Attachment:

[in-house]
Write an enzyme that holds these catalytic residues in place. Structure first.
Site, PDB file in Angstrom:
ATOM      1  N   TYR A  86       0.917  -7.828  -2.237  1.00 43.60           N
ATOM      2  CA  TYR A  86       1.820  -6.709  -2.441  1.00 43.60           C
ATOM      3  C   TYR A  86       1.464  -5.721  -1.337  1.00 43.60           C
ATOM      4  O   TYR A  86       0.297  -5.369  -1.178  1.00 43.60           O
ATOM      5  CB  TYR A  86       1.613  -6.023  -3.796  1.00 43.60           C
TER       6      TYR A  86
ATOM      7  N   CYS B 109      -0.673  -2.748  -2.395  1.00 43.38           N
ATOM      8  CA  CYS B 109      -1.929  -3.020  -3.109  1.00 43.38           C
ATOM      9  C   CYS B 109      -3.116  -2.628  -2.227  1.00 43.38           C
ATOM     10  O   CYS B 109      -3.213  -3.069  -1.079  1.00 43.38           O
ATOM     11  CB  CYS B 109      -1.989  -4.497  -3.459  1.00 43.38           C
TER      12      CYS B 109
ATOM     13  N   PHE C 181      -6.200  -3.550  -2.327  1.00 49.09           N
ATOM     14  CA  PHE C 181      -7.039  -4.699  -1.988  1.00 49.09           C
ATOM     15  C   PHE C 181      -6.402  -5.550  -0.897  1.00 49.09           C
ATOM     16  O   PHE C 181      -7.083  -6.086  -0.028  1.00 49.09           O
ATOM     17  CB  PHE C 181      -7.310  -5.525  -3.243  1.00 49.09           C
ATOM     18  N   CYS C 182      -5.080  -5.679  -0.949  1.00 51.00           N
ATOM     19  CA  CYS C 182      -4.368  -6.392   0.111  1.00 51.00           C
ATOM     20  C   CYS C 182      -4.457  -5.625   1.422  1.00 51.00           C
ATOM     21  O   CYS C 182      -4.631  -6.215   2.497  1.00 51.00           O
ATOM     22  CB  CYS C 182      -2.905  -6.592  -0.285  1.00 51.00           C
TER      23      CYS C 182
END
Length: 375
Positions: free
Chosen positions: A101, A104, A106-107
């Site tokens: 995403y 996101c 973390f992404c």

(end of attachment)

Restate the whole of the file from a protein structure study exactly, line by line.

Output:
[in-house]
Write an enzyme that holds these catalytic residues in place. Structure first.
Site, PDB file in Angstrom:
ATOM      1  N   TYR A  86       0.917  -7.828  -2.237  1.00 43.60           N
ATOM      2  CA  TYR A  86       1.820  -6.709  -2.441  1.00 43.60           C
ATOM      3  C   TYR A  86       1.464  -5.721  -1.337  1.00 43.60           C
ATOM      4  O   TYR A  86       0.297  -5.369  -1.178  1.00 43.60           O
ATOM      5  CB  TYR A  86       1.613  -6.023  -3.796  1.00 43.60           C
TER       6      TYR A  86
ATOM      7  N   CYS B 109      -0.673  -2.748  -2.395  1.00 43.38           N
ATOM      8  CA  CYS B 109      -1.929  -3.020  -3.109  1.00 43.38           C
ATOM      9  C   CYS B 109      -3.116  -2.628  -2.227  1.00 43.38           C
ATOM     10  O   CYS B 109      -3.213  -3.069  -1.079  1.00 43.38           O
ATOM     11  CB  CYS B 109      -1.989  -4.497  -3.459  1.00 43.38           C
TER      12      CYS B 109
ATOM     13  N   PHE C 181      -6.200  -3.550  -2.327  1.00 49.09           N
ATOM     14  CA  PHE C 181      -7.039  -4.699  -1.988  1.00 49.09           C
ATOM     15  C   PHE C 181      -6.402  -5.550  -0.897  1.00 49.09           C
ATOM     16  O   PHE C 181      -7.083  -6.086  -0.028  1.00 49.09           O
ATOM     17  CB  PHE C 181      -7.310  -5.525  -3.243  1.00 49.09           C
ATOM     18  N   CYS C 182      -5.080  -5.679  -0.949  1.00 51.00           N
ATOM     19  CA  CYS C 182      -4.368  -6.392   0.111  1.00 51.00           C
ATOM     20  C   CYS C 182      -4.457  -5.625   1.422  1.00 51.00           C
ATOM     21  O   CYS C 182      -4.631  -6.215   2.497  1.00 51.00           O
ATOM     22  CB  CYS C 182      -2.905  -6.592  -0.285  1.00 51.00           C
TER      23      CYS C 182
END
Length: 375
Positions: free
Chosen positions: A101, A104, A106-107
């Site tokens: 995403y 996101c 973390f992404c």